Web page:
Topography and climate. Between Jiroft and the entry to the Jazmurian basin, the average altitude of the valley bottom is 550 m. High mountains outline this valley: the Jebal Barez massif to the east peaks at almost 4000 m; the Sardouiyeh to the west reaches almost 3000 m, and Mount Hezar to the north has a summit of 4420 m. Downstream of Jiroft, two principal channels drain the alluvial plain, which is 7 km wide: the Halil Rud on the eastern edge and a drain that receives water from several wadis on the western edge and flows together with the Halil Rud in the south of the valley. The valley bottom and the mountain sides are connected through massive flat stretches of alluvial deposits (Pers. dašt; q.v.). They are 7 to 12 km wide, slightly inclined (1-1.5 degrees), and imposing torrential alluvial fans dominate their mountain sides. Small mountain chains, easily noticeable in the landscape (Figure 2), line the connection between the alluvial plain and the western dašt.

The available climatic data pertain to Kerman, the nearest city which is situated at an altitude of 1649 m and 150 km further north. At this altitude, the annual rainfall ranges from 168 to 203 mm total. Precipitations are concentrated between January and March, while the drought effectively lasts from April to November. The annual temperature averages between 16 and 17.5° C, with a maximum summer temperature of 43° C. The water management service of Jiroft estimates for the Halil Rud valley that the average annual precipitation is 375 mm in the mountains north of Jiroft and 125 mm in the south, in the Jazmurian depression. In other words, the Jiroft basin is situated in a transitional zone between the semi-arid to the north and the arid to the south, and the transitional zone is very sensitive to the consequences of climatic fluctuations. But the impact of the arid fluctuation between 2200 and 1900 B.C.E. is unclear (Roberts and Wright), even though this fluctuation is confirmed for all of the Middle East and Western Asia and seems to coincide with the end of occupancy of the Bronze Age settlements in the Jiroft basin.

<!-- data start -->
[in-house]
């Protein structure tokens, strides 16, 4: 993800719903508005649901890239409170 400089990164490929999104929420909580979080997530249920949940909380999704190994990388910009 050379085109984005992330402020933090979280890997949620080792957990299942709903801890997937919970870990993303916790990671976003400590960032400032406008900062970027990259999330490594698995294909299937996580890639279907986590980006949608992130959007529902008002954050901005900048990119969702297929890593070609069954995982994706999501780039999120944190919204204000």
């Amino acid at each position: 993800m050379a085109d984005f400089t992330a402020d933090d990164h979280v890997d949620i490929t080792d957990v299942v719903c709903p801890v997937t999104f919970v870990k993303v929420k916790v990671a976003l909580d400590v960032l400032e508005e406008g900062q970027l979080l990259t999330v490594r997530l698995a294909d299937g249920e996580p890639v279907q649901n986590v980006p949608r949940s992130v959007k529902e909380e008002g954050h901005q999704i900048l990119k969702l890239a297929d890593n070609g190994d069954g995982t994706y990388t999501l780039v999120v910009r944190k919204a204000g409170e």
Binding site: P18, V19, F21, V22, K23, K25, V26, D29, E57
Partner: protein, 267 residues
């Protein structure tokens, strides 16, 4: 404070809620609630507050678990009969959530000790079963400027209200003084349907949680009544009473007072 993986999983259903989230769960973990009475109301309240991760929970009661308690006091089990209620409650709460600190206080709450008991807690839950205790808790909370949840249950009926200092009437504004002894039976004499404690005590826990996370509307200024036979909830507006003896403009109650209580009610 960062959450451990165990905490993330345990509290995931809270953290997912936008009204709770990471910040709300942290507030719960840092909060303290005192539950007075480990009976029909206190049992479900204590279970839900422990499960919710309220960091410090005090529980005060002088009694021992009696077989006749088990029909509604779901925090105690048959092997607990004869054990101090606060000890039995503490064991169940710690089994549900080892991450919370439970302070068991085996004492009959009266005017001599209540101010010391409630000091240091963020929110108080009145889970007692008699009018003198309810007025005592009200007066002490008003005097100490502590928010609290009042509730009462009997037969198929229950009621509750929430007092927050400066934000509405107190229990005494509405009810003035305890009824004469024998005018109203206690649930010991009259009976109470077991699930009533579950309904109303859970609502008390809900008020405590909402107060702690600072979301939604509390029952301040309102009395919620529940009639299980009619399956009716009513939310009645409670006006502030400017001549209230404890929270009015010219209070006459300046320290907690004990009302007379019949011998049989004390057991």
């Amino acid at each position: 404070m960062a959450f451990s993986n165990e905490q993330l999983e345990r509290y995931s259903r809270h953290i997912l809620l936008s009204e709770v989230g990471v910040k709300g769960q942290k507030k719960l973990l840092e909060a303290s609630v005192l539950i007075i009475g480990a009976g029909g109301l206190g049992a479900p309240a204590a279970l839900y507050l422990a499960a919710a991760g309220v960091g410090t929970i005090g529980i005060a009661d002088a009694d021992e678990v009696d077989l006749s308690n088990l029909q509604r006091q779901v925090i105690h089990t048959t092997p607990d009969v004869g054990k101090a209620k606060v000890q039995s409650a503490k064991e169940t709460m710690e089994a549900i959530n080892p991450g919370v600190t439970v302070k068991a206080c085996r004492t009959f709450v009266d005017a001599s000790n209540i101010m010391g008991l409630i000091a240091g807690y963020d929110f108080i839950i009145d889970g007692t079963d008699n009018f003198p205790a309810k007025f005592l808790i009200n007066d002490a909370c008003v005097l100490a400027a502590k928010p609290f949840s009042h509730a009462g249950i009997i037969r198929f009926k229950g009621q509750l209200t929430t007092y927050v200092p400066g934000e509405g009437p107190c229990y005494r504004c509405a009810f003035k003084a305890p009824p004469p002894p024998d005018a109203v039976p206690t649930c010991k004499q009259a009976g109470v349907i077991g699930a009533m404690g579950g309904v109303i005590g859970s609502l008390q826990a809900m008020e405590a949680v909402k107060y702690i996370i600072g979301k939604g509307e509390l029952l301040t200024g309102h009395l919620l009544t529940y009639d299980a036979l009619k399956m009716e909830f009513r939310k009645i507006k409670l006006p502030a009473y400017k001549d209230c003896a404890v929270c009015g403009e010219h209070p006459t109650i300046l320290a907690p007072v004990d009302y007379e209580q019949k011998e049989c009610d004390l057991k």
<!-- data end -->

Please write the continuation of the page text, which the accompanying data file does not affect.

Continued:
Geology and mineral resources. The tectonic collision in the Zagros (Boulin; Alavi) and its subduction under the Makran (Byrn) led to the creation of the Jiroft basin as a combination of a right-slip fault system (Sabzevaran system to the west, Jiroft system to the East), which is positioned north to south with compressive relays from the east and west (Regard). This intermediary position between the systems of Zagros and Makran accounts for the lithological repartition that is visible in the catchment area (i.e., drainage area) of the Halil Rud. To the west, the massif is essentially composed of metamorphic rocks, such as shale, marble, and chlorite. Crystalline (i.e., diorites, granodiorites, granites) and volcanic (i.e., andesite, volcanic ashes) dominate in the east. In the southeast, one finds some limestone massifs. Touching the Jazmurian depression, a large flysch massif rests in discordance with a rhyolitic massif (Figure 2).